A Brief History of Native American Rings
The history of Native American rings began with the Navajo tribe. Exploring Spaniards taught the Navajo how to make Native American rings, necklaces, bracelets and belt buckles in the sixteenth century. The Navajo are responsible for passing the craft on to other southwest tribes. Atsidi Sandi is considered to be the first silversmith of the Navajo. He taught his sons so they could continue teaching the craft for generations to come.
Silver and Native American Rings
The Navajo realized the aesthetic beauty of silver, especially when it was paired with semi-precious stones. However, silver was not readily available, so the Navajo would trade with the Spanish to get silver items that could be melted down. The Navajo learned to cast silver in sandstone, and how to hand hammer the silver to make thinner pieces of jewelry. They would even melt down coins to make Native American rings and other jewelry!
When the law was passed in 1890 that coins could not be destroyed, they melted Mexican coins. In the 1880’s turquoise was combined with the silver. Southwest America and South America have an abundance of mineral deposits where turquoise can be mined. It is also often found near the surface of the ground, making it easy to retrieve. There was rarely a more popular stone to be used in Native American rings.
Native American Rings and Trade
Native American rings and other jewelry was very popular with the European settlers. This enabled the Native American tribes to trade for desirable things the settlers could offer. One thing in particular was fabrics. Before the trade of Native American rings and jewelry, the Native American women would use soft hides and furs to make clothes. The introduction of different fabrics and other European items changed the lives of Native Americans for good.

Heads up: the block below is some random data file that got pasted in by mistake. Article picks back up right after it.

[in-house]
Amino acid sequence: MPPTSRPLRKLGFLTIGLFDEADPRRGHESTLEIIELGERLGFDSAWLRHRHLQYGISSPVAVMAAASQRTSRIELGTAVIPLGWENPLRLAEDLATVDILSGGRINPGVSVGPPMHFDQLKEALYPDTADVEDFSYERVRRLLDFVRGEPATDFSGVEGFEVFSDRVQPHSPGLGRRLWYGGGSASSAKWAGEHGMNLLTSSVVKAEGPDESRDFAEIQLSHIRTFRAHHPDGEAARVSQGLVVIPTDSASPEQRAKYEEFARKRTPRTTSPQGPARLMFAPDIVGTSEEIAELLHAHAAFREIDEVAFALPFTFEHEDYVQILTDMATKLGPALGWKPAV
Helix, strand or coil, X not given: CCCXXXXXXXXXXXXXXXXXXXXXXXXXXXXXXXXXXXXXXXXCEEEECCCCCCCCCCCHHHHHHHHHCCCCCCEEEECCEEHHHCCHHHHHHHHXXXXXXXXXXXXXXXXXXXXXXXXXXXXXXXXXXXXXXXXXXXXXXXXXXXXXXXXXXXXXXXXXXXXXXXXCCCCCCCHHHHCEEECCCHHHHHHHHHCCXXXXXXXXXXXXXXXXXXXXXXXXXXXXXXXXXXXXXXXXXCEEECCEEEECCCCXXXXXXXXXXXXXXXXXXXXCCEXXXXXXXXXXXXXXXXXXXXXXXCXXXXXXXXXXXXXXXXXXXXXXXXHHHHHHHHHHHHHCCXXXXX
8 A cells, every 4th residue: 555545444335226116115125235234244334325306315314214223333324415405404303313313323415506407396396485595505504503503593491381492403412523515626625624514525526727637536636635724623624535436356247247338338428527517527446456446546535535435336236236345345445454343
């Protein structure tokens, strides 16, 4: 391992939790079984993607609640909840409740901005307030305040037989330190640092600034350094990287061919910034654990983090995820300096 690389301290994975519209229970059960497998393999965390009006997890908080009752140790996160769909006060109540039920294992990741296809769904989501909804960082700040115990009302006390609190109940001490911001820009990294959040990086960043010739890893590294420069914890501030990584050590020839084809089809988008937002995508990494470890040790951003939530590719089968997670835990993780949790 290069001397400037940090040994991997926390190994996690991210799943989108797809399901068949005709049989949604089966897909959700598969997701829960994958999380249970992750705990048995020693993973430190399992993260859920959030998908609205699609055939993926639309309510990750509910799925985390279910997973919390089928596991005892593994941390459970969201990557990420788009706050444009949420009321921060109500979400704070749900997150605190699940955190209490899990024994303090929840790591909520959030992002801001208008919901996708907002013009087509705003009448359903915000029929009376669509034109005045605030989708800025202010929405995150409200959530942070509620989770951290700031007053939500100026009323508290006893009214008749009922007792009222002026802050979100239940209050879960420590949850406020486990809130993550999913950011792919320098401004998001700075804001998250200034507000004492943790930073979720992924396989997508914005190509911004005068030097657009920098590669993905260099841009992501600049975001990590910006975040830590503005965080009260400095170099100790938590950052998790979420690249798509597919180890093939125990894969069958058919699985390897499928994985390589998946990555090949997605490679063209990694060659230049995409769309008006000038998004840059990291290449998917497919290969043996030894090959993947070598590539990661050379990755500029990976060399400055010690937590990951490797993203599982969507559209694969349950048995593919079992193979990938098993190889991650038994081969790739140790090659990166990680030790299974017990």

Native American Rings Today
After 1900, the Navajo began to commercialize their jewelry making. It supplemented a sometimes sparse income with the sale of Native American rings, bracelets and necklaces. Today, Native American rings are just as popular as ever. Some Native American rings are even being used as wedding bands.
Whether the Native American rings you seek are just bands inlaid with mother of pearl, or a stunning array of turquoise stones that resemble a flower; you will not be disappointed with the beauty and craftsmanship of authentic Native American rings!